NGOs, activists, and influencers are spreading the news of actual (or perceived) corporate misconduct via social media at breakneck speed all over the world. Employees not only demand secure and well-paid jobs but also expect a sense of purpose, new forms of work, and ethically sound forms of corporate governance. Customers use their consumer power to initiate morally-grounded boycotts via the Internet, which can cause entire sales markets to collapse. Investors demand not only attractive returns but also diversity in management and sustainability in strategic orientation. On the capital markets, there is a clear shift toward environmentally and socially responsible investments. Investors increasingly include ESG criteria in their analysis of securities, evaluating and taking into account the social, ecological and ethical consequences of investments made by companies and governments.
The ‘state’ is actively getting involved itself. Many family business executives complain that their immediate environment has become louder, more demanding, and more complex and that ‘the pressure of expectations’ has increased dramatically. Activist funds and debt investors, insurers and business partners are demonstrably demanding sustainability and the accelerated decarbonization of business models. Threats are being made to end relationships, place new boards, and halt new financing. Climate neutrality is becoming the new triple-A rating: a must-meet performance metric. Major institutional investors have turned into true ESG advocates and are making specific demands of family business CEOs.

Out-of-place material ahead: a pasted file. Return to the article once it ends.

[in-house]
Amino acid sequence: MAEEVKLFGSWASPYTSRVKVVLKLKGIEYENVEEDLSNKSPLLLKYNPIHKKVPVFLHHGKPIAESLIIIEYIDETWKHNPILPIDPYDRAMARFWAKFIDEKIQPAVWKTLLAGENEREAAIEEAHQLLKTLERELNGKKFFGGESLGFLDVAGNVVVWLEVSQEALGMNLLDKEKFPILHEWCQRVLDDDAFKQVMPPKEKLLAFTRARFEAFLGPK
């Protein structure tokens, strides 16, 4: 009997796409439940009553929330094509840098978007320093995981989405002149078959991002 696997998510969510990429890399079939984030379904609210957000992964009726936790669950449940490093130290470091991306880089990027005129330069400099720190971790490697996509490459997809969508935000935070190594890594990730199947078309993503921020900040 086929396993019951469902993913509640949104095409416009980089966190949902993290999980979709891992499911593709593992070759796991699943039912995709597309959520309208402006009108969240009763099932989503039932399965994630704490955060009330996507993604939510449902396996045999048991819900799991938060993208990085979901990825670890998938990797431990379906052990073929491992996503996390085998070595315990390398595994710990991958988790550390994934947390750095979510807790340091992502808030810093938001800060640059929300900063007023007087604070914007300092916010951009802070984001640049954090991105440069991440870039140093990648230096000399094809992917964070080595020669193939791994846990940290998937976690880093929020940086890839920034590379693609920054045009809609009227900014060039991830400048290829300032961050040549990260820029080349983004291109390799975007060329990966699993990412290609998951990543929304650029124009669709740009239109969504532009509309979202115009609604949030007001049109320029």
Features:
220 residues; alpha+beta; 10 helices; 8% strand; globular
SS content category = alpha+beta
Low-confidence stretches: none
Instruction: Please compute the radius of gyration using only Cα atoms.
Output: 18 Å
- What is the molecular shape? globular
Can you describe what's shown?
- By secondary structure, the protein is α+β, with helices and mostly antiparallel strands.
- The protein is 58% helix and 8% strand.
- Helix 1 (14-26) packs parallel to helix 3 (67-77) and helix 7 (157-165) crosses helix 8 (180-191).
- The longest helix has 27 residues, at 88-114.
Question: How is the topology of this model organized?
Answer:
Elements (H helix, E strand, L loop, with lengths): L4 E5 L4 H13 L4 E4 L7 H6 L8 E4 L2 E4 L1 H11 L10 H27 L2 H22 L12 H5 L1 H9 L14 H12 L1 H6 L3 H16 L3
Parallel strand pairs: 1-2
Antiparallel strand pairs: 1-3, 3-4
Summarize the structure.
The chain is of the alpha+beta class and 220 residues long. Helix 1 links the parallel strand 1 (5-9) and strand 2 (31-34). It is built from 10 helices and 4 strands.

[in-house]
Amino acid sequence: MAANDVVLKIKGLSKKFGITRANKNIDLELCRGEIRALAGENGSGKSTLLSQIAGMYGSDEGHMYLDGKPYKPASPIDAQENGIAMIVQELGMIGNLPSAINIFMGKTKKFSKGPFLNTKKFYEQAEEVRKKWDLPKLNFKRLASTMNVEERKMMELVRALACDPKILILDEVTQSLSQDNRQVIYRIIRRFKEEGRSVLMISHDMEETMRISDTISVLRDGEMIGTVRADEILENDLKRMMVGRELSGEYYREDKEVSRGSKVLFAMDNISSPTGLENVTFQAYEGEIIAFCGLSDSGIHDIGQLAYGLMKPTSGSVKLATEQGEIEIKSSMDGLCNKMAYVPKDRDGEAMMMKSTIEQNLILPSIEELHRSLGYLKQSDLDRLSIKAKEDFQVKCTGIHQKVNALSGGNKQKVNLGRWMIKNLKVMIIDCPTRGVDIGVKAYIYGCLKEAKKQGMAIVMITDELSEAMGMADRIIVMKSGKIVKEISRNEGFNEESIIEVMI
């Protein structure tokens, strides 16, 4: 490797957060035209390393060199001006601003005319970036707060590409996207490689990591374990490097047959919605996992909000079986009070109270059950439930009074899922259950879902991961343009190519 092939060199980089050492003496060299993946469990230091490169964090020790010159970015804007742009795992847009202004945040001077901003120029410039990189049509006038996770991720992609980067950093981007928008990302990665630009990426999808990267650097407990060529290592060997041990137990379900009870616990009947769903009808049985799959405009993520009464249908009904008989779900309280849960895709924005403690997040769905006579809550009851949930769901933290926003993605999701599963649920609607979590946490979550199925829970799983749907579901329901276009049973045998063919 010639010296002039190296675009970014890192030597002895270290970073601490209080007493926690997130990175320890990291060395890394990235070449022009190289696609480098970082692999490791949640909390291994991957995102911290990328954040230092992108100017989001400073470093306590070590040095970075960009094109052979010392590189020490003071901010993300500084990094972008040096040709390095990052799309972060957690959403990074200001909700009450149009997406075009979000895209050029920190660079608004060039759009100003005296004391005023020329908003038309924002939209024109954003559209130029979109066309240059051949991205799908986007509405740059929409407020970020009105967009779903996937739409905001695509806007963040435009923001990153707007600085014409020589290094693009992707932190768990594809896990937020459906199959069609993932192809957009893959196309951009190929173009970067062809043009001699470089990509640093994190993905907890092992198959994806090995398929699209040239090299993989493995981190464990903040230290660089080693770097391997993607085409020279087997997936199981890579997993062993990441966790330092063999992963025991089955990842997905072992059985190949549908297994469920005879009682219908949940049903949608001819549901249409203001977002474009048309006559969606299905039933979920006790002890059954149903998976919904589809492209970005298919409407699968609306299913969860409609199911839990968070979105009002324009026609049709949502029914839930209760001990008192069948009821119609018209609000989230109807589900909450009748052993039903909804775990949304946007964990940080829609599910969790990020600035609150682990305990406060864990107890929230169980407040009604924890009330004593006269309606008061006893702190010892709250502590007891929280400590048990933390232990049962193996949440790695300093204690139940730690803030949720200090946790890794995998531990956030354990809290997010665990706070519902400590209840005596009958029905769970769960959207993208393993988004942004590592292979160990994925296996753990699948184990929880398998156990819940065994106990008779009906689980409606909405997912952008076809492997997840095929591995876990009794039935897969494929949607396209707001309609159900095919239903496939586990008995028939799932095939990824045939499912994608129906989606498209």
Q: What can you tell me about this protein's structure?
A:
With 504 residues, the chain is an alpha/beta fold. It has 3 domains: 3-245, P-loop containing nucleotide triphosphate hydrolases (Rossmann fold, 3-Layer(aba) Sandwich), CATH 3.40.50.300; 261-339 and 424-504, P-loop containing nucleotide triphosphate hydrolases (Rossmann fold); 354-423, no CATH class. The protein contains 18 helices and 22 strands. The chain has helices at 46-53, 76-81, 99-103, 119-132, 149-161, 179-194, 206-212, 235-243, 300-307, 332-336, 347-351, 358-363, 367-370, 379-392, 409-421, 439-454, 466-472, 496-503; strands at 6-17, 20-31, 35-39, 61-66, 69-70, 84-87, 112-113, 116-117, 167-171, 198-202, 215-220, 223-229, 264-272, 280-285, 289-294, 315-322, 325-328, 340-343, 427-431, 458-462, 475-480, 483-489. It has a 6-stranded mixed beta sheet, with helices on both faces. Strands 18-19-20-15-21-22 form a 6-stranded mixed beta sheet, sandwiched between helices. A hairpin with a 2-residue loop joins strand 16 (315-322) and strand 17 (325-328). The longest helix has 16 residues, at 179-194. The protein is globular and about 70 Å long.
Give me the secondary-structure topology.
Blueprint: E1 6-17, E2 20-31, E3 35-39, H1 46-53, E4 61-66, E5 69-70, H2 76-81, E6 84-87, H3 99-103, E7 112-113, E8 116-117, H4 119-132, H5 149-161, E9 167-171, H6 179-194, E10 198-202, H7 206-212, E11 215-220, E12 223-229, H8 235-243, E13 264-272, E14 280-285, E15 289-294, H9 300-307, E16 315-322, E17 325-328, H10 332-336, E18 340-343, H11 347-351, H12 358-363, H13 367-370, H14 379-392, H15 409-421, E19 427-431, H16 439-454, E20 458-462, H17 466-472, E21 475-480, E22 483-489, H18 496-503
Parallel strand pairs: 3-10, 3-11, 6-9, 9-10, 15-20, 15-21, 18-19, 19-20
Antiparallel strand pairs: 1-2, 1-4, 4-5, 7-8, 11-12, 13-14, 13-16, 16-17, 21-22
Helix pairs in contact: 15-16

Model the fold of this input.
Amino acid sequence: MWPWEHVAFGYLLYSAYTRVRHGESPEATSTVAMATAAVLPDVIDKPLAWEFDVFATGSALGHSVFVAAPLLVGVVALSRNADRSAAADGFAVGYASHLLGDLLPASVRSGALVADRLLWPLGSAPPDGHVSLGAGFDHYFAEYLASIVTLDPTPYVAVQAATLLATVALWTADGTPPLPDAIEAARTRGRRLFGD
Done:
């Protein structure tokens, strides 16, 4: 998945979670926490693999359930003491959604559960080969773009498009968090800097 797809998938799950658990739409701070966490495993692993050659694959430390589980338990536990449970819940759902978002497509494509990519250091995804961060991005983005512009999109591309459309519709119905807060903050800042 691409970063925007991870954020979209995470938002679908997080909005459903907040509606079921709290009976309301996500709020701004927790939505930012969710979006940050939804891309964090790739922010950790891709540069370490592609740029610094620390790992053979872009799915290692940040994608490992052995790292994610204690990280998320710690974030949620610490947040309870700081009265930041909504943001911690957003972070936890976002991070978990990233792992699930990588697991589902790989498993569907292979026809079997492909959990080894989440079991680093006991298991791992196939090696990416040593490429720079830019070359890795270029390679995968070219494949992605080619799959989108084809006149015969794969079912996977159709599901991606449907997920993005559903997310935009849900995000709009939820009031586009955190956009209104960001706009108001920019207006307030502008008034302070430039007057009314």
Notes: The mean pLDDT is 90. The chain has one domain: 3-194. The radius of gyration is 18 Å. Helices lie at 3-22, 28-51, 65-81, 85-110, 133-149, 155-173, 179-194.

Family businesses and medium-sized entrepreneurs have to muster the courage and foresight to place sustainability at the centre of their own company’s strategy. Where companies have not yet been directly targeted by activists or been fortunate enough to avoid bad press, the pressure to act may not be felt. However, the belief still widespread among some family businesses that SMEs and start-ups can sit out ESG reporting obligations after January 1, 2021 – because they sit below the current legal threshold of 500 employees – is risky.
The days when strict requirements only applied to large corporations in the spotlight of the capital markets are over. Financial institutions, investors and customers are paying attention to ESG criteria or aligning their investments with them, increasing the pressure on companies to disclose non-financial metrics regardless of size. The capital markets are thus becoming drivers of structural change in the real economy. The worse the rating, the more expensive the loan; in some cases, financing is no longer available for unsustainable investments. This continues in the supply chain. As suppliers, SMEs will have to prepare for more extensive reporting and disclosure obligations to their customers.
Employees, top talents, customers, suppliers, financiers – in the long term, none of them will tolerate a family business management that is unwilling or unable to advance the organisation in the direction of sustainability. To meet this challenge as a family business owner, it is essential to become a “change agent” – and rally leaders around you to help drive the sustainability agenda.
We meet many leaders in family businesses and SMEs for whom sustainability has always meant taking responsibility for the long term. With ESG as a megatrend, they now have a chance to lead their organisations and their employees into a future that is more hopeful, more viable and more just – and, in the process, also more value-creating.
In 2011, Andreas founded AvS – International Trusted Advisors, an international boutique firm, supporting clients with the evaluation of Senior Executives, NEDs and Boards– and all matters related to ownership advisory and family governance.
Andreas is a native of Hamburg, where his extended family is still the largest shareholder in Germany’s oldest private bank (Berenberg). Prior to founding AvS, Andreas advised some of Europe’s most influential family enterprises in his career at Egon Zehnder.